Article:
A number of lifestyle factors were cited of course, including smoking. Thus it was tragic, but hardly shocking, to hear that people with serious mental illness had over four times the risk of lung cancer as the rest of us.

    However, the figure that did shock was this: Women with serious mental illness have three times the breast cancer risk of American women overall. This can’t be due to smoking, as there seems to be no established link between smoking and breast cancer. It was mentioned that the seriously mentally ill are much more likely to be childless — but having no children, or postponing childbearing into your thirties, elevates your breast cancer risk only “slightly” according to the American Cancer Society. So what’s going on?

    The most likely culprit, I think, is prolactin — and the source of all that prolactin would be the atypical antipsychotics to which just about every patient in America has been switched in the past twenty years. If this is so, it’s very scary … already the average American woman’s lifetime risk of breast cancer is one in eight. So these women would .have a better than one in three risk — and as a group they get piss-poor healthcare with few screening exams.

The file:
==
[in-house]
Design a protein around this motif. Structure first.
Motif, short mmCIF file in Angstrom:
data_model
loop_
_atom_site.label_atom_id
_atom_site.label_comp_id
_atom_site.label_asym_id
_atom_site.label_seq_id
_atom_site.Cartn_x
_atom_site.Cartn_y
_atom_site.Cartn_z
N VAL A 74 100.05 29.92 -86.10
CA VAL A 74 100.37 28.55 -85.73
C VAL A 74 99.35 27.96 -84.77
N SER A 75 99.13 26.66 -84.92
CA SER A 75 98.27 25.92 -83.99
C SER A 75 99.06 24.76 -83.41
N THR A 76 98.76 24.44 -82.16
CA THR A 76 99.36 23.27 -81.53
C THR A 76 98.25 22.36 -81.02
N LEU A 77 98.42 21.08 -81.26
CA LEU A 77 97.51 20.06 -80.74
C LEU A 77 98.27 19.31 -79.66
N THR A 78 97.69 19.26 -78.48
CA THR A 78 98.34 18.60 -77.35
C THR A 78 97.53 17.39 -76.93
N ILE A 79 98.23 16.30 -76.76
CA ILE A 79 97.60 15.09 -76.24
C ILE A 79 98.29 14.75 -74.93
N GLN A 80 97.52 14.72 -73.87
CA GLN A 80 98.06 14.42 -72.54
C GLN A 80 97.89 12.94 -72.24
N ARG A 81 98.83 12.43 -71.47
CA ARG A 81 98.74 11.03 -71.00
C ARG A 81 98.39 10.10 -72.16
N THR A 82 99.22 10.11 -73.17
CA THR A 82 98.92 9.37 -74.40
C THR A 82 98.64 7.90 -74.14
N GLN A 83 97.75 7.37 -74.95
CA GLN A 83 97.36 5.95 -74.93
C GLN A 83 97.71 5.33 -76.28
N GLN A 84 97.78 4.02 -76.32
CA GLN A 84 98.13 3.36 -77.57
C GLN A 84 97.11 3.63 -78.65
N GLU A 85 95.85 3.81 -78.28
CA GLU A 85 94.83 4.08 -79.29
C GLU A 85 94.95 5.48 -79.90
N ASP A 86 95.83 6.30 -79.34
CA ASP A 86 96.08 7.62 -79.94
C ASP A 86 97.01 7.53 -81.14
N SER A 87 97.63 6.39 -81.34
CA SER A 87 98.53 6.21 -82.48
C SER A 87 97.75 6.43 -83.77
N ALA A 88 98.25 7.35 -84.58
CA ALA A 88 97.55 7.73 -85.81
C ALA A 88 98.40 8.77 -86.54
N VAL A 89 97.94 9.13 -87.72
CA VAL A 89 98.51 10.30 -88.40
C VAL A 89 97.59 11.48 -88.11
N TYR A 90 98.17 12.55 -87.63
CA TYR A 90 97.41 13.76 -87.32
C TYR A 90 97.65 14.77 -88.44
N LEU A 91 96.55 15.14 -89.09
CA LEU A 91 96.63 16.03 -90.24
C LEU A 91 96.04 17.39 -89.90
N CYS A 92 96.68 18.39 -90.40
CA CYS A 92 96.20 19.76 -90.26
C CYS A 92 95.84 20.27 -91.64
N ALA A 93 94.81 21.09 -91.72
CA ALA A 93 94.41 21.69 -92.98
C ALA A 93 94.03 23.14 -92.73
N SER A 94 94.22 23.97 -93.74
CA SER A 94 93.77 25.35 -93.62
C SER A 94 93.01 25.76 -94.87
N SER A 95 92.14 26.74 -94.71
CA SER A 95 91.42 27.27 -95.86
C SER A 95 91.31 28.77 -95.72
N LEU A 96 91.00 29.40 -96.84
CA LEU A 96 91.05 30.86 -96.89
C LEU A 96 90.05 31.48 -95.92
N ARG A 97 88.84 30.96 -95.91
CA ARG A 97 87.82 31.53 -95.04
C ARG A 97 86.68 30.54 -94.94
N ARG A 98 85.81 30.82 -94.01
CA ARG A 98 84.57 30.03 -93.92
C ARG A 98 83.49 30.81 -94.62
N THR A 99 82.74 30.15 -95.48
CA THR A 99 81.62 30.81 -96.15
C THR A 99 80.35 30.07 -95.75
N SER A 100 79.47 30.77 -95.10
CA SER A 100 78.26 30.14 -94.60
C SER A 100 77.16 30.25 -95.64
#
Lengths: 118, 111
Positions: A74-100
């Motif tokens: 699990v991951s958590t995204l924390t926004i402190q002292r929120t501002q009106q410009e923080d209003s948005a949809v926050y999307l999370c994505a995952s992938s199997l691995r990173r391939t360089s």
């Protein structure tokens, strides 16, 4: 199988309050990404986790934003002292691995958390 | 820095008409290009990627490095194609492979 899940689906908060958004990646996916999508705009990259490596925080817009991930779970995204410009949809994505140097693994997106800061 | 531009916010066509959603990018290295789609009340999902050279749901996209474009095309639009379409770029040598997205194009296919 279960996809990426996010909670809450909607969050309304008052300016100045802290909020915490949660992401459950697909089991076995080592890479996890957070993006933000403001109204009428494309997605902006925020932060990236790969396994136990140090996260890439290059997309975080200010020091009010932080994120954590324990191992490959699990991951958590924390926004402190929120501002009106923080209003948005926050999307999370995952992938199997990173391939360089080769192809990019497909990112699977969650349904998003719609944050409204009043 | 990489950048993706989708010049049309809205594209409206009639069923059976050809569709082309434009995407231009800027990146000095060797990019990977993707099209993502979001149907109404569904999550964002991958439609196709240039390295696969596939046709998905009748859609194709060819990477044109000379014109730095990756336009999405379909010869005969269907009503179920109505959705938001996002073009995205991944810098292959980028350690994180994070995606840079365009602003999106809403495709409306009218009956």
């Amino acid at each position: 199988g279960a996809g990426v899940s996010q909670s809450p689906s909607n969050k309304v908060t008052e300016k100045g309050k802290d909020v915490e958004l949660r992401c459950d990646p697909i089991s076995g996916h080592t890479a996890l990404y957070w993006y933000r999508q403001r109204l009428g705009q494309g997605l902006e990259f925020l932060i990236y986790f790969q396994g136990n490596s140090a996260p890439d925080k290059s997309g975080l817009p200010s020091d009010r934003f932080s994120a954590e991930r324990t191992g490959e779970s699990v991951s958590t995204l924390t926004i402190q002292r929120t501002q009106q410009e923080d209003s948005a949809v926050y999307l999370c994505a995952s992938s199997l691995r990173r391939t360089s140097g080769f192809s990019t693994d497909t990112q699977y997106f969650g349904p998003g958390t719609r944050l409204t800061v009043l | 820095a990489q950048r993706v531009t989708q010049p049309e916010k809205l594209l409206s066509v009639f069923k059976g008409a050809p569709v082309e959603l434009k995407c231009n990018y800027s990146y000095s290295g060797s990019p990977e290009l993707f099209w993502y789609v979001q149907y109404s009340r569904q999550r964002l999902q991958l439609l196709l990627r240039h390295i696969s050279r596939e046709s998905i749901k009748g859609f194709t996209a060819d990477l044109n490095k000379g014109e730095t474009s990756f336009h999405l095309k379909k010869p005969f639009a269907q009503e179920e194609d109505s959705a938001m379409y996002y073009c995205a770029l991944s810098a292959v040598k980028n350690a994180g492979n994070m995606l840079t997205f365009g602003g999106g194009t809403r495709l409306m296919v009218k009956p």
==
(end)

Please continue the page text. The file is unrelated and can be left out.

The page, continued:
My other concern is the young girls being put on these drugs as early as four years old. How is it going to disrupt their hormonal development, and what is their breast cancer risk going to look like? As serious as the questions around “man boobs” on adolescent boys are — and that is a very serious question — it seems to me like the effects on girls and women could be even more catastrophic. Dr. BOM, am I right?

    October 1, 2012 | 3:28 AM


    That’s a great point that I’ve not thought about myself. It’s important enough to send to RxISK, Dr. Healy’s site. It’s mentioned in the package insert but not in the way that would capture attention:

    Thanks for sending it…

    October 1, 2012 | 7:43 PM

    Arriving at the end of this post and the reference to J&J’s new CEO, I wondered, after seeing his headshot, (I’ve been re-reading Fowler’s Phrenology texts), whether he had come up through finance or marketing – I “knew” he was neither scientist nor clinician. Marketing. (a Wharton MBA after West Point & 6 years active duty during which he made O-3 and earned a “Ranger tab and Airborne wings”).

    Foxes been taking over the henhouse while the professionals been asleep at the switch. Shades of Monica Goodling.